Later in the 1840s, crèches providing childcare for children under 3 years of age were established. These were influenced by developments outside Norway, chiefly in France where the first crèches had been opened in Paris in 1844. They were intended for poor children of unmarried mothers, in need for care while their mothers had to work to make a living. The asylums and these crèches were eventually converted into nurseries or kindergartens.

From the mid 19th century, the first kindergartens inspired by the German pedagogue Frederich Fröbel were established. The word "kindergarten" can be seen as a metaphor: in a "garden" the child shall have good conditions for growing, maturation and learning. This has influenced our view of what these childcare institutions for the youngest children should be - up to the present (Furu, et al. 2011). Fröbel's main idea was that the children should be stimulated to motoric and intellectual development. The child was to be seen with new eyes, there was to be a shift from teaching to play, from training to practical work to stimulation of skills, physically, socially and emotionally. We still recognize this ideological foundation in today's Norwegian kindergarten with its focus on the child, the childhood's importance and attention to play and enjoyment as important elements in child development.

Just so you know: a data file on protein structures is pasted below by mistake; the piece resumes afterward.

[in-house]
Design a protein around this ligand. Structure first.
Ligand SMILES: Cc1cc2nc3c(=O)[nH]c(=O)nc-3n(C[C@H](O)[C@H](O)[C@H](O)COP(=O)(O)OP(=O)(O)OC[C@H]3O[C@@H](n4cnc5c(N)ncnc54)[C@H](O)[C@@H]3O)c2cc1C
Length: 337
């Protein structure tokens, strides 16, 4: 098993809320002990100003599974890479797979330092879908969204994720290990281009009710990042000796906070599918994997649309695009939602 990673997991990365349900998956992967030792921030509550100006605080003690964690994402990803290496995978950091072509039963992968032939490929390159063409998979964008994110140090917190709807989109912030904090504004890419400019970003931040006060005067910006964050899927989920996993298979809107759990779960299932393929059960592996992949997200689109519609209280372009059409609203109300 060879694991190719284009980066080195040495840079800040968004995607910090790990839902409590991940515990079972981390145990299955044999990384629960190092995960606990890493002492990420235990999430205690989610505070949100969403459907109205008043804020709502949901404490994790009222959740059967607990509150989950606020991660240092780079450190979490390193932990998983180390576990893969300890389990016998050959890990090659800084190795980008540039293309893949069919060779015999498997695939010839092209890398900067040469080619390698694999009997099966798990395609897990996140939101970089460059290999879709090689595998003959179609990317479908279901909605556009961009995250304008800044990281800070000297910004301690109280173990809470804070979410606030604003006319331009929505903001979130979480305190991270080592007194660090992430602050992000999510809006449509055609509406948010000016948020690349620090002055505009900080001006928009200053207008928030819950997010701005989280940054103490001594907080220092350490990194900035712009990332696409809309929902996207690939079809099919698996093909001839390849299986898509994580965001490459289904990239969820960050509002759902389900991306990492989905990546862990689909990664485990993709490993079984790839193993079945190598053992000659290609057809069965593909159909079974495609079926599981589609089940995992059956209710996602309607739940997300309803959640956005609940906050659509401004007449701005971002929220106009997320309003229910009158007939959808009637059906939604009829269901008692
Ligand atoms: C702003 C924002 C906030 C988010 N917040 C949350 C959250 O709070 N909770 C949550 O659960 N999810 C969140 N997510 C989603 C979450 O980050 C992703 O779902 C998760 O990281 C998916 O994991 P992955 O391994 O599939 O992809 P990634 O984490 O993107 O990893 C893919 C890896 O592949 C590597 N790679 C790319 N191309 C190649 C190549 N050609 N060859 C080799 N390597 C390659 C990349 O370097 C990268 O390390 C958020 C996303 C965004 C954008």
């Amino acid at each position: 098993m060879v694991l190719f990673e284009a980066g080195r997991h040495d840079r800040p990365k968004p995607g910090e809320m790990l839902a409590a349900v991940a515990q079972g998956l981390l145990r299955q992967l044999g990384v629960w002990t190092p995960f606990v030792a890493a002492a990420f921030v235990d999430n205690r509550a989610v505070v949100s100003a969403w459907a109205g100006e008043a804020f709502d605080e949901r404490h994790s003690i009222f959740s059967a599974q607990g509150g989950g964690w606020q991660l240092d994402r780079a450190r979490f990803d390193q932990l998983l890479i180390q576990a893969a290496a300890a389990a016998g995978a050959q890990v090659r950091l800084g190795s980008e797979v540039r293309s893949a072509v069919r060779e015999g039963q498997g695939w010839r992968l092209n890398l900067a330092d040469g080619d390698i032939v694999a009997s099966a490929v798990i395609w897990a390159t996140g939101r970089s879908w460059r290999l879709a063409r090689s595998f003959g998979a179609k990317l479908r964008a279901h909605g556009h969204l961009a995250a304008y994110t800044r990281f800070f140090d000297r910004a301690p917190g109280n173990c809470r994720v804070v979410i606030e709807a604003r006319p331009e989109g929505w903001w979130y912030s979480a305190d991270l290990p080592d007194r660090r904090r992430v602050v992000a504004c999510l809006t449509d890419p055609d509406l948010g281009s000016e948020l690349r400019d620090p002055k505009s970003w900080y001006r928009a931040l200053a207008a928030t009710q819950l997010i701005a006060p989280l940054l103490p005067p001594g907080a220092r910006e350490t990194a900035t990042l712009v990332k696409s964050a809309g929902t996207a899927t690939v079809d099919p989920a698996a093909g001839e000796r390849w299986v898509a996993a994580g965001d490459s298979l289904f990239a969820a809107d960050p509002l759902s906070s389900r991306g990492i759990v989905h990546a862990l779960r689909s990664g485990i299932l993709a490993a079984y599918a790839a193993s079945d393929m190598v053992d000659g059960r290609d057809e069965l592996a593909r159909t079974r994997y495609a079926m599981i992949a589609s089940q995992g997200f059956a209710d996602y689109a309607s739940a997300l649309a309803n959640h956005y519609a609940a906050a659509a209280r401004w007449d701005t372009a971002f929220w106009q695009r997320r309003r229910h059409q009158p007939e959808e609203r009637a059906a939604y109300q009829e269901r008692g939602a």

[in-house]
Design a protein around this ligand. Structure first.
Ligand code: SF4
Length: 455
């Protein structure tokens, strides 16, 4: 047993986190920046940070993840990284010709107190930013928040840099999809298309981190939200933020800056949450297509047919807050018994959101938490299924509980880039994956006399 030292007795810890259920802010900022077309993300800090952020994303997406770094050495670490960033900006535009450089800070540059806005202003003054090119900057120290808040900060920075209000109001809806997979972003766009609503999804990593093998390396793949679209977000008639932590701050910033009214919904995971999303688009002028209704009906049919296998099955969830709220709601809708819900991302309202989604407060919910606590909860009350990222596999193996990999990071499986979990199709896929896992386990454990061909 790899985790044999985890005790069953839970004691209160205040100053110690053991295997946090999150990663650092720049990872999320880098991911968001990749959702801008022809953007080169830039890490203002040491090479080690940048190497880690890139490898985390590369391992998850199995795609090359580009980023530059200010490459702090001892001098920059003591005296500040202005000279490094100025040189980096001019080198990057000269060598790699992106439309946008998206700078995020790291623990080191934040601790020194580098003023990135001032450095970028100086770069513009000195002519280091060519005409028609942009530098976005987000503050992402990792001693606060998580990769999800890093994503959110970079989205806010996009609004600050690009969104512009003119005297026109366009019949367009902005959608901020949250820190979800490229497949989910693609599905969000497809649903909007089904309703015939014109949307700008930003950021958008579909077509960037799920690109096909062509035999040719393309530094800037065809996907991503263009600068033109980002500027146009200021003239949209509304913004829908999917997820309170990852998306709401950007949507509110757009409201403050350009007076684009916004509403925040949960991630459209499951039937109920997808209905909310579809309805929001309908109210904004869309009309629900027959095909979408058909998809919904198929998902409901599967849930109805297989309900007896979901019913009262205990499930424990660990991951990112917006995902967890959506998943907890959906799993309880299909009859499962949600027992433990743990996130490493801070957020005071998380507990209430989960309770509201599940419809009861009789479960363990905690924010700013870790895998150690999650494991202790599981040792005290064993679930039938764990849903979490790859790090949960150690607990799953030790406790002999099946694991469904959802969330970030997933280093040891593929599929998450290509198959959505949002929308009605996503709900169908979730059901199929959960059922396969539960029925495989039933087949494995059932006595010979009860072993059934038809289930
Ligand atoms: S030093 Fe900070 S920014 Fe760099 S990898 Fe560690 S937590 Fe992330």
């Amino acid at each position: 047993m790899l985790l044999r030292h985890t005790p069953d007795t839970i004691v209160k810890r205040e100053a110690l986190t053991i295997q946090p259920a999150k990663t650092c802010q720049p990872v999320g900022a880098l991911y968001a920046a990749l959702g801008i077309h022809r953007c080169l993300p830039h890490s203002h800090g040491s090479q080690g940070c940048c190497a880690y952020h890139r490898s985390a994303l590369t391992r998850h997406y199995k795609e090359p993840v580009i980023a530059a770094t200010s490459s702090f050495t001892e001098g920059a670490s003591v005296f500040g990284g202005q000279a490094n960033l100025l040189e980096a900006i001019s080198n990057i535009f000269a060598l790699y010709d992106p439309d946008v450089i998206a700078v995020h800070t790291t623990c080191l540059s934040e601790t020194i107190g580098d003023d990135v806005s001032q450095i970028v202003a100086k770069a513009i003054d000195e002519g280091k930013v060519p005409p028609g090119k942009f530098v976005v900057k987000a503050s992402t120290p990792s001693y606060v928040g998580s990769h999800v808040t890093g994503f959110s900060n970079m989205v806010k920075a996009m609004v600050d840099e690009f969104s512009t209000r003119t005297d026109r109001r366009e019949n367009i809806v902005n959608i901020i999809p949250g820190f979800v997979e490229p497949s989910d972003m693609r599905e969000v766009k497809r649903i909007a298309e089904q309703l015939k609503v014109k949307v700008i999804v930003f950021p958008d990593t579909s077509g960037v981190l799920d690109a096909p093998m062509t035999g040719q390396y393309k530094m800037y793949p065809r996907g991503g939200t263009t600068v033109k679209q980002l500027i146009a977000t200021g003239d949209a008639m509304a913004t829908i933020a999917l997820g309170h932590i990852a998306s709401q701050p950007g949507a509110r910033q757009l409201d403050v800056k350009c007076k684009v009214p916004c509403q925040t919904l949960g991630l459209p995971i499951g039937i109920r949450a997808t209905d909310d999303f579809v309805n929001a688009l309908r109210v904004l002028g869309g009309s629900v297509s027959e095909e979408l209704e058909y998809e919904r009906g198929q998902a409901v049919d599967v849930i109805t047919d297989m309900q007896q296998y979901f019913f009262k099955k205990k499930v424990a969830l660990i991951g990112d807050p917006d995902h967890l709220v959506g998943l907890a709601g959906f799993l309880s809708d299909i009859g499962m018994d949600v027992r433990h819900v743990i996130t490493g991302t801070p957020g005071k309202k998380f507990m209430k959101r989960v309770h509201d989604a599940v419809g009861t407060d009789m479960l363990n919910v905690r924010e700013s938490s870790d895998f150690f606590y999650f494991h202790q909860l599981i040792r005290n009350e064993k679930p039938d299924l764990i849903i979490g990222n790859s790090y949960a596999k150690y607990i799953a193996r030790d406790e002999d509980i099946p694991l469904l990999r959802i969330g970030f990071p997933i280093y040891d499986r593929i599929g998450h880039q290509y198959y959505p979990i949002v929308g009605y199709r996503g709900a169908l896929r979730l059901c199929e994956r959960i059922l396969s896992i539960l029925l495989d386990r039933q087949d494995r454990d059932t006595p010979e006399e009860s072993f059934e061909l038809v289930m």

Acknowledging that work in kindergartens demanded more than motherly knowledge led to the establishment of new institutions. In developing qualifications to work in kindergartens, a number of schools were set up, first those privately run by women which eventually were taken over by the government.

In the second half of the 20th century, the development of kindergartens in Norway accelerated. This was during the Norwegian welfare state's classic era lasting from the 1920s to the 1970s. The first state regulation of kindergarten took place in 1945 after the end of World War II. This was a period characterized by reconstruction, optimism, social democratic governance and the Labour party's dominance. During these years and continuing until 1975, the kindergarten was regulated through procedures and development plans, but not by law.